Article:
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Wiese contacted Pearson and informed him that he had promised Leslie a position at another store. Leslie's initial complaints to Bryant and Wiese included: Koll routinely using the word “fuck” in her presence; Koll telling a Lorena Bobbit joke; Koll stating “fire the bitch” over the intercom; Koll's reference to a female employee's “tit reduction”; and Koll's comment that “no little girl is going to waltz in here and tell me what she's going to do” in response to a pregnant employee's request for a shift change.
Wiese called Leslie and indicated that the option to work at another store was still available.[¶ 9.] Leslie submitted a Charge of Discrimination with the South Dakota Division of Human Rights alleging sexual harassment and retaliation. Leslie, who was pregnant, thought that Koll was upset about providing benefits to pregnant employees.
She relayed this to Wiese, who left the offer open pending the birth of her child.
Leslie gave birth November 28, 2000.[¶ 8.] Leslie spoke to the Assistant Store Director in January of 2001 concerning her sick leave and vacation benefits.
Her letter outlined the events leading up to her termination and expressed her belief that she was retaliated against.
She requested that the situation be investigated and that he contact her. Rather, a complainant “must demonstrate a good faith, reasonable belief that the underlying challenged conduct violated the law.” Id.
They hire who they need, and if they no longer want somebody to work with them, they remove them from their working team. Once a prima facie case of retaliation is established, the burden shifts to the employer to produce some legitimate, non-discriminatory reason for the adverse action. If the employer meets this burden, the complainant must prove the proffered reason is a pretext for retaliation. A retaliatory discharge claim “is not conditioned on the merits of the underlying discrimination complaint.” Salz v. It summarized the memorandum as indicating that Leslie's complaint was about Koll's “management style and work performance.” Further, the court noted that Leslie “did not couch her complaints concerning [ ] Koll in terms of sexual harassment until she drafted her January 30, 2001 letter to Hy-Vee, after her termination.” Leslie claims the court erred by failing to consider all the evidence and reasonable inferences in the light most favorable to her.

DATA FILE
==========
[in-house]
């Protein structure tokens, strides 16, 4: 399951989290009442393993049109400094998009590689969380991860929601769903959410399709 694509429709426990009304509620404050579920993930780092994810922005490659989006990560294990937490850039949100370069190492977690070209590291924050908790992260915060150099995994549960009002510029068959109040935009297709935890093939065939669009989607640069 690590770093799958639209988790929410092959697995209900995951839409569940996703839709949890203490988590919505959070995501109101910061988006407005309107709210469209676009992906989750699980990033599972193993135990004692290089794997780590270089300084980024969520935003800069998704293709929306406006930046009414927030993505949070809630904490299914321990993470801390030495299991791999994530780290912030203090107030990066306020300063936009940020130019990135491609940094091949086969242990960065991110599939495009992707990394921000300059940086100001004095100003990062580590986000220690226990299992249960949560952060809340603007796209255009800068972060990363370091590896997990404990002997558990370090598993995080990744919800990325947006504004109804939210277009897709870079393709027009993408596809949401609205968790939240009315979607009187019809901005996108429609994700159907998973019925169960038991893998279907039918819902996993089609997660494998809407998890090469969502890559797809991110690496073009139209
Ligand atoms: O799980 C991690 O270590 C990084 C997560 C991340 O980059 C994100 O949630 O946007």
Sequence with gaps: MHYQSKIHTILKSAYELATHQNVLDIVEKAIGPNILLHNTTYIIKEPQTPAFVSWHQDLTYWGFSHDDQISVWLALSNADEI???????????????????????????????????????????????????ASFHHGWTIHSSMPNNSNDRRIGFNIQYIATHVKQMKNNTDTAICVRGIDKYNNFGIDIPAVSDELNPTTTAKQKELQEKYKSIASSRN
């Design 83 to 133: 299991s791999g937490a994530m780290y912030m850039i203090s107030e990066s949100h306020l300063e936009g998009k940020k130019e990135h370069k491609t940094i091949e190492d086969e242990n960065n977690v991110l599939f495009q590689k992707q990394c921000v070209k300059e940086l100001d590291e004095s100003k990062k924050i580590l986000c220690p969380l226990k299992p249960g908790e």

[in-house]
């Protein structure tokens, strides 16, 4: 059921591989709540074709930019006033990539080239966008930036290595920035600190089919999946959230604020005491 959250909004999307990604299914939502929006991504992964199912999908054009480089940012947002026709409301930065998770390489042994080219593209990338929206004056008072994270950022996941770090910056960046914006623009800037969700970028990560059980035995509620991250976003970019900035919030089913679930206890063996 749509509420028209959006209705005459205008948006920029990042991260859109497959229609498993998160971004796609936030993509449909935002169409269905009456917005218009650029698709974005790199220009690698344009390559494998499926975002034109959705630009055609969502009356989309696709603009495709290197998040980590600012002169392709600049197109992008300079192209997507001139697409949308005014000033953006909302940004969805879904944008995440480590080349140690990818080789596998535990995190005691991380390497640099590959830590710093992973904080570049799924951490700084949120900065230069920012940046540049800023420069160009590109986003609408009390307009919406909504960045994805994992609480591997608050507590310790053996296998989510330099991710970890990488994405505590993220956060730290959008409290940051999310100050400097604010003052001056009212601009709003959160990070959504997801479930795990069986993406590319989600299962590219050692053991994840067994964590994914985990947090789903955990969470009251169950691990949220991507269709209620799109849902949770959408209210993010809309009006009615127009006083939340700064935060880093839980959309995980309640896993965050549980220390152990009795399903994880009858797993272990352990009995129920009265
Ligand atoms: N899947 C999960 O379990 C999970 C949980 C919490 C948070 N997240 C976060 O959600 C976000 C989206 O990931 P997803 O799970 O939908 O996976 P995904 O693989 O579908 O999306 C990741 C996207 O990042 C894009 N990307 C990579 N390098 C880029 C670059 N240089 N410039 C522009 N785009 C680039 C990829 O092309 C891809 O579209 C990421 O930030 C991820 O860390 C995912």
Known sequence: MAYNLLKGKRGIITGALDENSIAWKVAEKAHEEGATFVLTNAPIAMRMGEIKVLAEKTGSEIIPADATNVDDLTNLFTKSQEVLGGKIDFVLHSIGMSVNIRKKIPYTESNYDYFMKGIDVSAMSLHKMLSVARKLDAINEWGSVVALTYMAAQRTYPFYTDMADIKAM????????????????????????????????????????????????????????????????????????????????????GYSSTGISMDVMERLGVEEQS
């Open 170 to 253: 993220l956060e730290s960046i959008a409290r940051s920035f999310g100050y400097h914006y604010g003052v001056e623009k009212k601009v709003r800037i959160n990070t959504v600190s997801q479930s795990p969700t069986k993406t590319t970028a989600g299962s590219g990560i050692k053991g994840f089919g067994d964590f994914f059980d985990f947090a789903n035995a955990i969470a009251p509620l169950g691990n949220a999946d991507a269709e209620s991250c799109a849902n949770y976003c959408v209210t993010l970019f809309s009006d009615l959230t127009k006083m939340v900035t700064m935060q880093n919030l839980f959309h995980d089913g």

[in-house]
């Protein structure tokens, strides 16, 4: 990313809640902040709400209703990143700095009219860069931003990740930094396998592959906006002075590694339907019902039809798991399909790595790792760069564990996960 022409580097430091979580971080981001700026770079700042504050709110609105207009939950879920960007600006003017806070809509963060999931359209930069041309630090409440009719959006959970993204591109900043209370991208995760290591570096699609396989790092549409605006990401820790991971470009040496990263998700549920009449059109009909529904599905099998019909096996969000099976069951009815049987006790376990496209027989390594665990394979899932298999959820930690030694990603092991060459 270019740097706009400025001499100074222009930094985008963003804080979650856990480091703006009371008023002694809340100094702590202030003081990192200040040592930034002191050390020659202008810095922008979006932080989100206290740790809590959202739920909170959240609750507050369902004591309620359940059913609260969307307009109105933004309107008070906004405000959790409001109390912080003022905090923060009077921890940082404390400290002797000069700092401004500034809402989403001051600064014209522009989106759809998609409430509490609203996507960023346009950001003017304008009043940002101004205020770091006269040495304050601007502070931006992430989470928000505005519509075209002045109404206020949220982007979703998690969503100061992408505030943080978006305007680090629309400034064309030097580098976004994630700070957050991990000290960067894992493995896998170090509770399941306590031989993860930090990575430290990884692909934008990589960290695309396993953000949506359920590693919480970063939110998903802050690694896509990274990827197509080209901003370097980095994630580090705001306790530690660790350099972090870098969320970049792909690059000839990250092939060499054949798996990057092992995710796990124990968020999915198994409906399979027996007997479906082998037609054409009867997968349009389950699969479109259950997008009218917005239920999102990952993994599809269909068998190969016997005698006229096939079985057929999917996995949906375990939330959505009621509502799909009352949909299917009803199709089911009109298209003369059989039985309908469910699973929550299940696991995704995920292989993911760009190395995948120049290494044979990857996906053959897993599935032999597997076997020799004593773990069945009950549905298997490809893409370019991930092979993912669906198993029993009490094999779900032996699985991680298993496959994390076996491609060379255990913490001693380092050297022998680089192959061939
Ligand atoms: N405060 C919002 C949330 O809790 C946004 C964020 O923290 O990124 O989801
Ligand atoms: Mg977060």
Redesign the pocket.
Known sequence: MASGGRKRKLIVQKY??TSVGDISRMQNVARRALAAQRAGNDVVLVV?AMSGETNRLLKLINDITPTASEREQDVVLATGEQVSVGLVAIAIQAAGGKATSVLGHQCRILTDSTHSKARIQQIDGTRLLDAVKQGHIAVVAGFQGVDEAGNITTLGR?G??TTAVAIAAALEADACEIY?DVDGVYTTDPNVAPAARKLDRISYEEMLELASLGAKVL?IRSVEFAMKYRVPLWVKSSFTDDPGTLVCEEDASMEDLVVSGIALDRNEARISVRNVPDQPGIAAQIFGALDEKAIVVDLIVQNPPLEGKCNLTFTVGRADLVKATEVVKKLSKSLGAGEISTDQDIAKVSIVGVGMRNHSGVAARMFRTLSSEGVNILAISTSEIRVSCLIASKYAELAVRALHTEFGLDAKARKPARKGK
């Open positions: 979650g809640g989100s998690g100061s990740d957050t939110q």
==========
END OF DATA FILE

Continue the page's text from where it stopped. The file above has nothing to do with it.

Something, obviously, has happened, and, as you asked, I will get brought up-to-date. She argues that her sworn deposition and affidavit and Wiese's sworn testimony reveal that there are genuine issues of material fact as to whether Leslie engaged in protected activity.It is undisputed that Wiese met with Leslie and Koll on November 3, 2000.Wiese informed Leslie that “it wasn't going to be possible for her to continue to work at Hy-Vee No. It just wasn't a workable situation anymore.” Wiese indicated that he would check into available positions for Leslie at other Hy-Vee stores.Leslie's Claim that she was Sexually Harassed by Koll and that his Actions Created a Hostile Work Environment. Wiese protected Leslie by not divulging her identity when he first began investigating her claim.STANDARD OF REVIEW[¶ 10.] On review of summary judgment granted under SDCL 15-6-56(b), this Court:must determine whether the moving party demonstrated the absence of any genuine issue of material fact and established entitlement to judgment on the merits as a matter of law. Performance Engineering Manufacturing, Inc., 2004 SD 26, ¶ 4, 676 N. This is consistent with Hy-Vee's written sexual harassment policy that “confidentiality will be maintained” when employees report conduct which they believe violates the harassment policy.In mid-February, Leslie received a letter from Pearson. [¶ 12.] The trial court found that Leslie did not establish that she engaged in a statutorily protected activity.He stated in part:[T]he store director has the complete discretion for his crew. Retaliation [¶ 11.] To establish a prima facie case of retaliatory discharge, the complainant has to show:(1) she engaged in Title VII protected activity (reported sexual harassment);(2) she subsequently suffered adverse employment action; and(3) a causal link between engaging in protected activity and the adverse employment action. Missouri Comm'n on Human Rights, 233 F.3d 560, 569 (8th Cir.2000). The court based its finding on the inter-office memorandum documenting Leslie's initial call.In November, Koll and Stewart attended a manager's meeting and discussed Leslie's complaints.Wiese's, Stewart's, and Koll's recollections differ about what happened next.At that time, Leslie commented that it was wrong to penalize her for making a complaint.[¶ 7.] Wiese contacted Leslie within a few days to inform her that there was an opening at another store as a checker or possibly a customer service clerk.At the time the offer was made, Leslie, in her eighth month of pregnancy, experienced complications and was ordered to bedrest until she delivered.